Deltas around the globe are facing a multitude of intensifying environmental change and development-linked pressures. One key concern is the reduction in the quantity of suspended sediment reaching and building floodplains. Sediment deposition provides multiple services to deltaic social-ecological systems, in particular, countering the subsidence of the delta-body, and providing plentiful nutrients. Experiencing particularly rapid change is the Vietnamese Mekong Delta (VMD).

River health assessment (RHA) protocols are the tools used globally that emphasize upon factors which contribute for ecological fitness of the river such as catchment health, floodplain health, channel health, flow health, quality health and biotic health indicators. Human intervention by constructions of dams, excess water abstraction, channel diversion and several other factors contribute to the depletion of diverse flora and fauna of a river.

Corporations and other multinational institutions are increasingly looking to evaluate their innovation and procurement decisions over a range of environmental criteria, including impacts on ecosystem services according to the spatial configuration of activities on the landscape. We have developed a spatially explicit approach and modeled a hypothetical corporate supply chain decision representing contrasting patterns of land-use change in four regions of the globe.

To promote sustainable sand extraction, these guidelines released by the Union ministry of environment and forests lays emphasis on monitoring of the mined out material, which is key to the success of environment management plan. It has suggested tapping “alternative sources of sand and gravel”.

Glacial erosion is fundamental to our understanding of the role of Cenozoic-era climate change in the development of topography worldwide, yet the factors that control the rate of erosion by ice remain poorly understood. In many tectonically active mountain ranges, glaciers have been inferred to be highly erosive, and conditions of glaciation are used to explain both the marked relief typical of alpine settings and the limit on mountain heights above the snowline, that is, the glacial buzzsaw.

This guideline provides criteria for sustainable sand mining both in-stream and off-channel extraction of sand, the theory of sediment transport in rivers, an important factors determining sand replenishment rate together with a discussion of the impacts of river sand mining.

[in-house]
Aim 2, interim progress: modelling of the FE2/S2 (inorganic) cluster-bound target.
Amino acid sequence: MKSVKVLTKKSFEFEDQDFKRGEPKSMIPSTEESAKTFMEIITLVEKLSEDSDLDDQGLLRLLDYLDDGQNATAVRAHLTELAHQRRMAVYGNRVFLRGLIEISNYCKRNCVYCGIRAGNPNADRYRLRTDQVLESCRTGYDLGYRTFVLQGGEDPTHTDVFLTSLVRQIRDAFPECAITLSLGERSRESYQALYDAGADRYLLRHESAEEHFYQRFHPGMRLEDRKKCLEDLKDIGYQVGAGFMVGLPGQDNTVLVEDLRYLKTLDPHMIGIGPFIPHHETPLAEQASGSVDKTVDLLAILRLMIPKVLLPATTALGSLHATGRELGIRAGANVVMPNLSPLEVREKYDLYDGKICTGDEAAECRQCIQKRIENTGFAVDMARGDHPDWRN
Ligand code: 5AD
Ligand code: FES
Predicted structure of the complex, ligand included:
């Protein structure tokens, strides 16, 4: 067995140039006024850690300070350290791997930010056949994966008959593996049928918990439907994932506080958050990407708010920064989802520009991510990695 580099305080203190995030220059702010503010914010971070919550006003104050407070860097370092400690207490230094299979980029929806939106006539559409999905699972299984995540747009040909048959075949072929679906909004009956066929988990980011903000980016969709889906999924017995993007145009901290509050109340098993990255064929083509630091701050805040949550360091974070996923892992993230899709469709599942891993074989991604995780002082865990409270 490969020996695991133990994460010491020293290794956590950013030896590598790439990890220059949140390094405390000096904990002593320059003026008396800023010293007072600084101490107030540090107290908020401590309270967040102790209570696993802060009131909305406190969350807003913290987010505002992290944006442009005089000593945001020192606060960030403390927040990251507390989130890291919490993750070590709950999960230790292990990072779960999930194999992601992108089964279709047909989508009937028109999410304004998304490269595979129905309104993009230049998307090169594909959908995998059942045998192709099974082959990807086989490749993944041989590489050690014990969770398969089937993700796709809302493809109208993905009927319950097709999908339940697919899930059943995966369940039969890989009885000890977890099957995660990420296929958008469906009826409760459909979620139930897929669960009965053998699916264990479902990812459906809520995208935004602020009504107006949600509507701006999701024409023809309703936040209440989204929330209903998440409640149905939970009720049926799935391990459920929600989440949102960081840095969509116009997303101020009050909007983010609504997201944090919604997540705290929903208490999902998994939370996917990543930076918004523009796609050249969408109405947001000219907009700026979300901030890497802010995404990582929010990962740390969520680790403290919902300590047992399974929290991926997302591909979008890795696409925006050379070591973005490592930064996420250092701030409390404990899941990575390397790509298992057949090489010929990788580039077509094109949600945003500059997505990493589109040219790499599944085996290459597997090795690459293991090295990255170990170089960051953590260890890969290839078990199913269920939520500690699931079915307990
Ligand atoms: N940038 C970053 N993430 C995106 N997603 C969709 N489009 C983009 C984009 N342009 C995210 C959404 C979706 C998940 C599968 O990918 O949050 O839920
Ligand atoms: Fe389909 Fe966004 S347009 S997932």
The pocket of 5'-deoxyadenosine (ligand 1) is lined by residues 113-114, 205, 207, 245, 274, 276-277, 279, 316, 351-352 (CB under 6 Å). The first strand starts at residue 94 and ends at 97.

Measurements of sediments eroded by the Mackenzie River reveal the widespread export of permafrost-derived biospheric carbon that is several thousand years old, and demonstrate its burial in the Arctic Ocean, suggesting that high-latitude rivers can act as important carbon dioxide sinks.

The Ganges–Brahmaputra river delta, with 170 million people and a vast, low-lying coastal plain, is perceived to be at great risk of increased flooding and submergence from sea-level rise. However, human alteration of the landscape can create similar risks to sea-level rise. Here, we report that islands in southwest Bangladesh, enclosed by embankments in the 1960s, have lost 1.0–1.5 m of elevation, whereas the neighbouring Sundarban mangrove forest has remained comparatively stable.

Majuli, one of the largest inhabited river islands in the world, is under serious threat due to large-scale bank erosion by the Brahmaputra River. There is urgent need to preserve this socio-culturally rich island of over 0.2 million people. Erosions have been shrinking its landmass significantly and thereby causing enormous pressure on its ecosystem. Through this study, an attempt has been made to assess the effect of flood and erosion on the island, its nature, habitats and eco-system. Survey maps and satellite data are considered as major inputs to this study.

Question raised in Rajya Sabha on review of Sethusamudram Shipping Canal Project 01/12/2014.